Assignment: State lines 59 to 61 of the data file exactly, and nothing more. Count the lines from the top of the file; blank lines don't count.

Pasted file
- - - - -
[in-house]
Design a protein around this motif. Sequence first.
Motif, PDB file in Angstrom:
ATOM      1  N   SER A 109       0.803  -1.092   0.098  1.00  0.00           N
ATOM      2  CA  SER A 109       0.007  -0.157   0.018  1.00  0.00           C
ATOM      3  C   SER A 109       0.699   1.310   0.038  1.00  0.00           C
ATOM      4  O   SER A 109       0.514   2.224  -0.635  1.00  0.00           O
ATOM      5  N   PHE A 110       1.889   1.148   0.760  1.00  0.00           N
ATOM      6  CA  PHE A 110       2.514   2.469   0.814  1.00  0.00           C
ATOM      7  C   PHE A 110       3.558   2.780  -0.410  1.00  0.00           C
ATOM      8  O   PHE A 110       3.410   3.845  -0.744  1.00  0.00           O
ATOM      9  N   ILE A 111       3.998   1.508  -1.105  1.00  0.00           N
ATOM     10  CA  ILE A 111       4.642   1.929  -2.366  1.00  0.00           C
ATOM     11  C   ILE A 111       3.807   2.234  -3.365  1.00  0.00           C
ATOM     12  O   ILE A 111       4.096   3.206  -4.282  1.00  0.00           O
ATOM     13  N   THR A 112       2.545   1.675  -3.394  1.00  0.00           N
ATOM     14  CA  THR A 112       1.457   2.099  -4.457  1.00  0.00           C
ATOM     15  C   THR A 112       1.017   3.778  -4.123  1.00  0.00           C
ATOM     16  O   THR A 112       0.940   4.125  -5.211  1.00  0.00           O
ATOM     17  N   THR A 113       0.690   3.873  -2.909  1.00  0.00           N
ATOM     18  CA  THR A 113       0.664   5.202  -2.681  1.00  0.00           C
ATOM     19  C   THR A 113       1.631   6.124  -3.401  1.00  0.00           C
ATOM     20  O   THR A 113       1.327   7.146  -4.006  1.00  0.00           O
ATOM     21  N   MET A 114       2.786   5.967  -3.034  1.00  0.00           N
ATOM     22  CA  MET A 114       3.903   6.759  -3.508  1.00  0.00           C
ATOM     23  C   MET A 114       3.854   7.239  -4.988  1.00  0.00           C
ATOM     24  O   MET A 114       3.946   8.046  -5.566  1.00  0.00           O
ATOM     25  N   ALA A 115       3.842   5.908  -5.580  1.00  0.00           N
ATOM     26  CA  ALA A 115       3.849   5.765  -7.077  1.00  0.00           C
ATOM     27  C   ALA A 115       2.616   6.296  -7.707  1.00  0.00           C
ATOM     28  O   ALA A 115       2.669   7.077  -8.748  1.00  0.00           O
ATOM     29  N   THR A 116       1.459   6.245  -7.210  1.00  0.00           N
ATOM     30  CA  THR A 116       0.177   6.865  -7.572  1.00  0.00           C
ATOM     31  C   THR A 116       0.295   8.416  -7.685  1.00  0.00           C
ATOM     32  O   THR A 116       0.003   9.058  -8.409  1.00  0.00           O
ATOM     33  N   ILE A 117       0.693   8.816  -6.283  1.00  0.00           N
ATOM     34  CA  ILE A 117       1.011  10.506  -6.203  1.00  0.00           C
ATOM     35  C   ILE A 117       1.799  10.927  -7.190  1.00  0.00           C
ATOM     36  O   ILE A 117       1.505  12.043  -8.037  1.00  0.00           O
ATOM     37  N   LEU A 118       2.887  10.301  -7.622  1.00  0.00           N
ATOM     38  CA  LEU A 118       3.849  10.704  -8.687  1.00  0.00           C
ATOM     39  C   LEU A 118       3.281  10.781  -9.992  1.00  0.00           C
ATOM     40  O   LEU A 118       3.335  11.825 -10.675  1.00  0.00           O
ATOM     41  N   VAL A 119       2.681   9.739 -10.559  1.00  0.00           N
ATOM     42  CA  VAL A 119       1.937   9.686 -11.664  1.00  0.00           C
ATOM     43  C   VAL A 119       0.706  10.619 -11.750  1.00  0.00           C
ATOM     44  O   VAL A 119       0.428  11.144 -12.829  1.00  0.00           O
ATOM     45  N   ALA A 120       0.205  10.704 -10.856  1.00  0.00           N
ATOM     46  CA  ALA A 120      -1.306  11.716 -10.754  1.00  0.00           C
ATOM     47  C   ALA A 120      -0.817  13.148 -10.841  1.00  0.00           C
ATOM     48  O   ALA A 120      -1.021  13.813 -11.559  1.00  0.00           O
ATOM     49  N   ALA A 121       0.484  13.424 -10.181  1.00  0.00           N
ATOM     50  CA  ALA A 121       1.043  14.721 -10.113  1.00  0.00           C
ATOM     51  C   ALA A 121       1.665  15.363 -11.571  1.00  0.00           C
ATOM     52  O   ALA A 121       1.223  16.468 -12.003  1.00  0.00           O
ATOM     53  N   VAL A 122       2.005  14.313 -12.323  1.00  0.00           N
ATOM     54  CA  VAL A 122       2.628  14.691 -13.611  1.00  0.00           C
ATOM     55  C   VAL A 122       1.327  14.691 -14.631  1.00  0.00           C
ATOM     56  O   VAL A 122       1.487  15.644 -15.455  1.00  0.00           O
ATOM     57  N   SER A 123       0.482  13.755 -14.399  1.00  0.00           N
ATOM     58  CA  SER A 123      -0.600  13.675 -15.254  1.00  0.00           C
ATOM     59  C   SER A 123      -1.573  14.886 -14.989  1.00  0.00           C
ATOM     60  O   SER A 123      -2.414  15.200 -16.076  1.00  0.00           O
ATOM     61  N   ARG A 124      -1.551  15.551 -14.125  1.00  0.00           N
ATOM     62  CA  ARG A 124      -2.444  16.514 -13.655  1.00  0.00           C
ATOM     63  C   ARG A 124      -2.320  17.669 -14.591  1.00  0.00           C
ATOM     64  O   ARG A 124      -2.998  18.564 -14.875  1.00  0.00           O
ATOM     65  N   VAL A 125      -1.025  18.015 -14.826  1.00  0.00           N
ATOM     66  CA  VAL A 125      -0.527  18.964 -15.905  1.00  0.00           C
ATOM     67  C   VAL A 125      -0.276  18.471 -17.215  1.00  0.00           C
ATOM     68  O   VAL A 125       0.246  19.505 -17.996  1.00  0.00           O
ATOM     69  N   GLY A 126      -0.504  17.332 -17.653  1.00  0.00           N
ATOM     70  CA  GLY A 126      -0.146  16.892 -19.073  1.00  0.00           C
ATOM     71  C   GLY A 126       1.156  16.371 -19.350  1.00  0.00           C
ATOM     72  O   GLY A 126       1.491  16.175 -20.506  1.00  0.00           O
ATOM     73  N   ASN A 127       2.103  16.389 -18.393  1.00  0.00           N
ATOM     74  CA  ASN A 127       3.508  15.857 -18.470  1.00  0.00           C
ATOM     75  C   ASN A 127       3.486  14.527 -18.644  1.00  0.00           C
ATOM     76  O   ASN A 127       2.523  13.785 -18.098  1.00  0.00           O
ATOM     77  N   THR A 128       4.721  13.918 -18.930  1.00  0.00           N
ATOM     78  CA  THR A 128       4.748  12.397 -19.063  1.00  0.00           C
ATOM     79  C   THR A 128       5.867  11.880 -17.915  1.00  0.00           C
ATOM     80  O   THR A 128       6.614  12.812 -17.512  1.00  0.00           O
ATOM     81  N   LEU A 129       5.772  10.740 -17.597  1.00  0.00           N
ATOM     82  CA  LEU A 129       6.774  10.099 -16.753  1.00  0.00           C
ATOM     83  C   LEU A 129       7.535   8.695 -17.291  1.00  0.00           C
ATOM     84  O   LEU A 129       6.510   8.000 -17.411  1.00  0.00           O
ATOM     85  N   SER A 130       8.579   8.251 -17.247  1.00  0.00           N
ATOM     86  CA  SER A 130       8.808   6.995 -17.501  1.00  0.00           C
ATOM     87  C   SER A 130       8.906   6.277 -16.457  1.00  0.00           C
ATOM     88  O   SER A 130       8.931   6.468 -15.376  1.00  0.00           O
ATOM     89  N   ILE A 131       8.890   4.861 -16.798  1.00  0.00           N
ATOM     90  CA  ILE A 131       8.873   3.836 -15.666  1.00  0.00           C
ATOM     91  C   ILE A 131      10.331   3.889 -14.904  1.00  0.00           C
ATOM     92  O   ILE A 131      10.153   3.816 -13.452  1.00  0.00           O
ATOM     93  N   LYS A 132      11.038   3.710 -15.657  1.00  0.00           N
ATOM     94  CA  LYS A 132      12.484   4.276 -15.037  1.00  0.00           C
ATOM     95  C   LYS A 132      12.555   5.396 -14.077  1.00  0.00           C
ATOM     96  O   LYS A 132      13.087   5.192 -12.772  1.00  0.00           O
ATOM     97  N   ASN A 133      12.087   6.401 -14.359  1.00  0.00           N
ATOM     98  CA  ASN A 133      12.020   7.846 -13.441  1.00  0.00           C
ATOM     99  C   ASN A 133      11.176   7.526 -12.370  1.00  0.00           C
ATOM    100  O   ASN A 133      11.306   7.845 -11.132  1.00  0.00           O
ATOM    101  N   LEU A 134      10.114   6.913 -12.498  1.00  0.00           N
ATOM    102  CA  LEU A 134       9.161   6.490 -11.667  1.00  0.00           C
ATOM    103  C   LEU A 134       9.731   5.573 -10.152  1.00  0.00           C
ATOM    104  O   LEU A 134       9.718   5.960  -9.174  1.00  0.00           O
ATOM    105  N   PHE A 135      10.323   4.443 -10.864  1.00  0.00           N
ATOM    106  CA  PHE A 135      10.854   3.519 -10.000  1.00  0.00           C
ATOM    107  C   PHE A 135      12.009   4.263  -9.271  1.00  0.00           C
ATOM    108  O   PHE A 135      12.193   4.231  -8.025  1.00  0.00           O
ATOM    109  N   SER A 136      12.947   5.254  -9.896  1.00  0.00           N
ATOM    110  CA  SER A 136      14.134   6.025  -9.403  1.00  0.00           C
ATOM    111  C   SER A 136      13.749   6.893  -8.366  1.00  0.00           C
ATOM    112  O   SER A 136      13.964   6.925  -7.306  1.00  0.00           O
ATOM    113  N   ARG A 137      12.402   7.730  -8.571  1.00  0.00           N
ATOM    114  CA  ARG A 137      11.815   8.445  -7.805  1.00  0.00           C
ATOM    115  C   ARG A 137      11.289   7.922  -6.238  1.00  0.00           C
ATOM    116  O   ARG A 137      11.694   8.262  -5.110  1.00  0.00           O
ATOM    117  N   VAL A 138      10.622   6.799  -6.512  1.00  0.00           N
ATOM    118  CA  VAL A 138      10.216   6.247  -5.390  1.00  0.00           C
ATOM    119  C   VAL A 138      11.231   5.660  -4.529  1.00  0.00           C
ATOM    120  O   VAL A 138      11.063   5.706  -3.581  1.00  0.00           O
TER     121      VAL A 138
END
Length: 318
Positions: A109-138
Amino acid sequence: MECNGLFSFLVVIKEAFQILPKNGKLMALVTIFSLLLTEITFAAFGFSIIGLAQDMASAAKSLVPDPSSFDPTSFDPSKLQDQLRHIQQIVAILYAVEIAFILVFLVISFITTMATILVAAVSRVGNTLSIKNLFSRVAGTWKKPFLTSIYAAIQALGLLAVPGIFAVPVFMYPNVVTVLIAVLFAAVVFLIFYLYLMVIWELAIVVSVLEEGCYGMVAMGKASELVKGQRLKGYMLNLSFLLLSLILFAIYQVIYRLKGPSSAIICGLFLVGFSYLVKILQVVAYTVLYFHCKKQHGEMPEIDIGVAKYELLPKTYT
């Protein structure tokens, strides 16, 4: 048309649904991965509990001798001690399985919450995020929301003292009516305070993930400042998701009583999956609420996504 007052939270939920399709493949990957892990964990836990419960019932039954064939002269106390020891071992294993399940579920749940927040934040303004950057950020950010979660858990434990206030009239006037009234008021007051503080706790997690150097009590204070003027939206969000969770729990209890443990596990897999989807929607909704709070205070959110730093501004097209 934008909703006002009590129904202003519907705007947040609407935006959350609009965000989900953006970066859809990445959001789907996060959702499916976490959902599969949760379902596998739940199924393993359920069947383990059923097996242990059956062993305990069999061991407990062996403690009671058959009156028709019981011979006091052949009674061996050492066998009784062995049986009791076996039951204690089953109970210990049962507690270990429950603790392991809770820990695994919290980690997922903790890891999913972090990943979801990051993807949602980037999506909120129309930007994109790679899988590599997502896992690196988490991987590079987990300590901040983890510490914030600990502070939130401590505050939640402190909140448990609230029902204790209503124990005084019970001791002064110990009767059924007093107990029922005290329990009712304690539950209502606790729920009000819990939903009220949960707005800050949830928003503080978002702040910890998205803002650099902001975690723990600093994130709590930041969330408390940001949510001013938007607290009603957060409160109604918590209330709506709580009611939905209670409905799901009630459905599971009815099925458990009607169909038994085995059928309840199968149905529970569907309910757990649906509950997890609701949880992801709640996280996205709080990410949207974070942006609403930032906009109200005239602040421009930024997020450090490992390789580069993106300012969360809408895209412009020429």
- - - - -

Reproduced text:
ATOM     56  O   VAL A 122       1.487  15.644 -15.455  1.00  0.00           O
ATOM     57  N   SER A 123       0.482  13.755 -14.399  1.00  0.00           N
ATOM     58  CA  SER A 123      -0.600  13.675 -15.254  1.00  0.00           C